By Luke Gentile

Nola and Cpl helping after apartment fire
Nola V and her handler, Cpl. Chris Evans, helped out at an Oct. 1 fire at the Friendship Arms apartment complex. Courtesy of the Hyattsville Police Department

Prince George’s County Fire Department (PGFD) officials said 160 people were displaced Oct. 1 after a fire broke out on the 7th floor of the Friendship Arms apartment complex, in the 5800 block of 42nd Avenue in Hyattsville.


A resident reported the fire at 11:15 a.m. Firefighters were dispatched to the scene immediately.


While firefighters worked to extinguish the fire, rescue squads swept the building, searching for anyone who needed to be evacuated. All searches were negative, and no residents were injured. However, PGFD officials reported that one firefighter was transported to the hospital with injuries that were not life-threatening.


Tyrone Harrison, who has lived at the Friendship Arms apartment complex for close to seven years, said he did not realize there was a fire until he received the evacuation alert.


“It was just that it was smoking a bit,” he said. “The firefighters put [the fire] out, and we had to evacuate the building and move out.” 


Jennifer Donelan, the director of public information with the Prince George’s County Fire/EMS Department, said smoke was rising from the roof when firefighters arrived, and a fire was located in the ceiling above two units on the top floor.


“There was thermal damage to several electrical outlets,” Donelan said. “We put the fire out, but it kept sparking.”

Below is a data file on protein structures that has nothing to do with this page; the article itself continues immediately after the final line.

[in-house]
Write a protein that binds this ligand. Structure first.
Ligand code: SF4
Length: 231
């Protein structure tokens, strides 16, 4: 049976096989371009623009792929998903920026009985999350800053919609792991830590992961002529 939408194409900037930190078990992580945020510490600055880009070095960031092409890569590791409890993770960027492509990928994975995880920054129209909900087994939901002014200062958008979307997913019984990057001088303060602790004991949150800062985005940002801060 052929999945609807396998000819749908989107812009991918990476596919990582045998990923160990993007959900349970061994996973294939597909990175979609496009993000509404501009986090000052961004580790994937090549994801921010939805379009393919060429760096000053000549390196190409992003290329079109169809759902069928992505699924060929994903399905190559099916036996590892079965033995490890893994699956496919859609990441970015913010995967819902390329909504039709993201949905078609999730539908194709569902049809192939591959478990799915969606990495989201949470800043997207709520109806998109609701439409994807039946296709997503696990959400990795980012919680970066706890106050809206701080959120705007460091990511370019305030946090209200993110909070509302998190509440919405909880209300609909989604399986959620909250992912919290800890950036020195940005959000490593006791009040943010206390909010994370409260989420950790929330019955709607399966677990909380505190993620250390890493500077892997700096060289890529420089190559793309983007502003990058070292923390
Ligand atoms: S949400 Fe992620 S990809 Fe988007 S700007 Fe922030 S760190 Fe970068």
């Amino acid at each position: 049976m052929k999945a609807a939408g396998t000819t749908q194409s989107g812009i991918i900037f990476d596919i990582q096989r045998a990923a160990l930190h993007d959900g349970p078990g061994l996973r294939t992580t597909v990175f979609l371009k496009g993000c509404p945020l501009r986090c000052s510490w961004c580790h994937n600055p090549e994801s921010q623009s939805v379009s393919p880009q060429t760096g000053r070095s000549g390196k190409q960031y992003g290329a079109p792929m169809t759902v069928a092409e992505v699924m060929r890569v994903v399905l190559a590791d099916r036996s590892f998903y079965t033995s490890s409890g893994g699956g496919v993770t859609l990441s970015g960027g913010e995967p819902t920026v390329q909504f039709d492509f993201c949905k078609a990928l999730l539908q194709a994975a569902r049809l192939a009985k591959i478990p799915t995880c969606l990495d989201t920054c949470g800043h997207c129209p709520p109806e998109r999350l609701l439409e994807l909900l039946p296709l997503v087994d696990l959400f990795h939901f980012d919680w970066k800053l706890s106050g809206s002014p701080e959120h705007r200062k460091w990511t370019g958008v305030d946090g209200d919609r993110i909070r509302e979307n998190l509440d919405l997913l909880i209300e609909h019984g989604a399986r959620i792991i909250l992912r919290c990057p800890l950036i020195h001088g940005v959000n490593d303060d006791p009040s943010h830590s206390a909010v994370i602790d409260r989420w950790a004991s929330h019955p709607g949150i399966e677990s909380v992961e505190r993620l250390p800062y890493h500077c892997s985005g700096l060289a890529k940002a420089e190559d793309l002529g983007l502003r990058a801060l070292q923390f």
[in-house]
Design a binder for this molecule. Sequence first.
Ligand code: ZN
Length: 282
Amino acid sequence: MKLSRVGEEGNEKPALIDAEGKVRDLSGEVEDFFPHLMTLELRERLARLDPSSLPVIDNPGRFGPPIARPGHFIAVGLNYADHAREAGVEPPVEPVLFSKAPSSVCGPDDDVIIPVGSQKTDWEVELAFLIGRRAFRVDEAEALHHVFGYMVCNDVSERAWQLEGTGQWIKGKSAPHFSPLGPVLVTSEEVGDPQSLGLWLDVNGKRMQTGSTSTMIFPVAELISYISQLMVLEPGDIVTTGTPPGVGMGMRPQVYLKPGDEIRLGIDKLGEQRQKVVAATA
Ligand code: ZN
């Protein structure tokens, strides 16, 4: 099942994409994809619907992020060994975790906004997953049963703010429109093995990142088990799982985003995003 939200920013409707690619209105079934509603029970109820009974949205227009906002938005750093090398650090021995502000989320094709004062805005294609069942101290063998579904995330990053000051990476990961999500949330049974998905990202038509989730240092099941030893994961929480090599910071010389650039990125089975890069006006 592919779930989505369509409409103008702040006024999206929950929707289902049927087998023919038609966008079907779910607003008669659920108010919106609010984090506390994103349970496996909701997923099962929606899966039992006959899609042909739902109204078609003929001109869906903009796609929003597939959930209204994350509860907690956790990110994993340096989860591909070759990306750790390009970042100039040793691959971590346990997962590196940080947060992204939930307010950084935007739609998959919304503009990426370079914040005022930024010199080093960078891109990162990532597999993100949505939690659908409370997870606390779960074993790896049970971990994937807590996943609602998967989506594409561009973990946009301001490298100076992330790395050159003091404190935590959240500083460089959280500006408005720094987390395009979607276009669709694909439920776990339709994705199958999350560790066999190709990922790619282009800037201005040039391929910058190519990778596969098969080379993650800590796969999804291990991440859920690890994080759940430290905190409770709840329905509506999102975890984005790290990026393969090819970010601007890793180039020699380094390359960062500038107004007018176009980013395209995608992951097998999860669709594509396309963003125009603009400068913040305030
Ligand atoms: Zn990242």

Donelan said firefighters could not isolate the electrical line to only the 7th floor, and leaving the power on could have risked rekindling the fire, so the decision was made to cut power to the whole building.


“It appeared at the time to be electrical in nature, but the word ‘appeared’ is very important because we don’t have a final origin and cause,” she said. “What we know is [that] with the power on, it continued to spark, with the power off it stopped sparking.”


One hundred sixty people were evacuated so firefighters could safely cut the power and search for the fire. The Prince George’s County Office of Emergency Management assisted residents with short- and possible long-term accommodations. 


According to Harrison, residents were temporarily housed in hotels.


City of Hyattsville Communications Manager Cindy Zork said the American Red Cross supported displaced residents by providing meals, comfort kits, and wellness and mental health services.


Fire marshals made an initial damage estimate; according to Donelan, the property damage “looked to be about $10,000.”


Firefighters sometimes have to open up walls or ceilings to locate fire in concealed spaces. In this case, Donelan said, “We had to pull a lot of the ceiling out so that we could see and be 100% certain that the fire was out.”


According to Donelan, the cause of the fire is still undetermined. Residents have, however, moved back into the apartment complex.


Harrison said that he and other residents believe there is still repair work to be done.


“We’ll be glad after they fix the top floor,” he said. “They fixed everything but the 7th floor.”